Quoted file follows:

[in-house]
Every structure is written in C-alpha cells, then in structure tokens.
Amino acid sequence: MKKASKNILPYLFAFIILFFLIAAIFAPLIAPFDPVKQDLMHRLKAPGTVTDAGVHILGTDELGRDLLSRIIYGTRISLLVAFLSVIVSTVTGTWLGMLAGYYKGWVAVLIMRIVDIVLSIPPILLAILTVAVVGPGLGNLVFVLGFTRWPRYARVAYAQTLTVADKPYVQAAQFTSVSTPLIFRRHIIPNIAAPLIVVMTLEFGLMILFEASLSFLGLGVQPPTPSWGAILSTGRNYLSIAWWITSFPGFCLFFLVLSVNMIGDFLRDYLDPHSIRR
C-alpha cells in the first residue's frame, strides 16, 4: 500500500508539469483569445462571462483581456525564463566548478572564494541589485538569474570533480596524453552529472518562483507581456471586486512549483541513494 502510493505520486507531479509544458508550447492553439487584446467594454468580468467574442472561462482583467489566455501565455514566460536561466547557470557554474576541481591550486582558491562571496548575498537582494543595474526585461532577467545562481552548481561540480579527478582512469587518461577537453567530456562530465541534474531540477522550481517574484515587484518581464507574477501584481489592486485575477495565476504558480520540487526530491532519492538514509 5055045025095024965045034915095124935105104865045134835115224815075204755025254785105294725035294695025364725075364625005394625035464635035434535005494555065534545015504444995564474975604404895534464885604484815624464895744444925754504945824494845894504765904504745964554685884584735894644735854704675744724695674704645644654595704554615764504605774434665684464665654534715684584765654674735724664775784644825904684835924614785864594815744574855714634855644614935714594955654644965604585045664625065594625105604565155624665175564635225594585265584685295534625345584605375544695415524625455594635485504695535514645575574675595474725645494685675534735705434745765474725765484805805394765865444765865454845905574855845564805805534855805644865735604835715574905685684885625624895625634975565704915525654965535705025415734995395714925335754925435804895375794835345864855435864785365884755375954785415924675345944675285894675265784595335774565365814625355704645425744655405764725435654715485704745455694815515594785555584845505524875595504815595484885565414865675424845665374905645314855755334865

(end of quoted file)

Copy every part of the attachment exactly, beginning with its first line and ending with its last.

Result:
[in-house]
Every structure is written in C-alpha cells, then in structure tokens.
Amino acid sequence: MKKASKNILPYLFAFIILFFLIAAIFAPLIAPFDPVKQDLMHRLKAPGTVTDAGVHILGTDELGRDLLSRIIYGTRISLLVAFLSVIVSTVTGTWLGMLAGYYKGWVAVLIMRIVDIVLSIPPILLAILTVAVVGPGLGNLVFVLGFTRWPRYARVAYAQTLTVADKPYVQAAQFTSVSTPLIFRRHIIPNIAAPLIVVMTLEFGLMILFEASLSFLGLGVQPPTPSWGAILSTGRNYLSIAWWITSFPGFCLFFLVLSVNMIGDFLRDYLDPHSIRR
C-alpha cells in the first residue's frame, strides 16, 4: 500500500508539469483569445462571462483581456525564463566548478572564494541589485538569474570533480596524453552529472518562483507581456471586486512549483541513494 502510493505520486507531479509544458508550447492553439487584446467594454468580468467574442472561462482583467489566455501565455514566460536561466547557470557554474576541481591550486582558491562571496548575498537582494543595474526585461532577467545562481552548481561540480579527478582512469587518461577537453567530456562530465541534474531540477522550481517574484515587484518581464507574477501584481489592486485575477495565476504558480520540487526530491532519492538514509 5055045025095024965045034915095124935105104865045134835115224815075204755025254785105294725035294695025364725075364625005394625035464635035434535005494555065534545015504444995564474975604404895534464885604484815624464895744444925754504945824494845894504765904504745964554685884584735894644735854704675744724695674704645644654595704554615764504605774434665684464665654534715684584765654674735724664775784644825904684835924614785864594815744574855714634855644614935714594955654644965604585045664625065594625105604565155624665175564635225594585265584685295534625345584605375544695415524625455594635485504695535514645575574675595474725645494685675534735705434745765474725765484805805394765865444765865454845905574855845564805805534855805644865735604835715574905685684885625624895625634975565704915525654965535705025415734995395714925335754925435804895375794835345864855435864785365884755375954785415924675345944675285894675265784595335774565365814625355704645425744655405764725435654715485704745455694815515594785555584845505524875595504815595484885565414865675424845665374905645314855755334865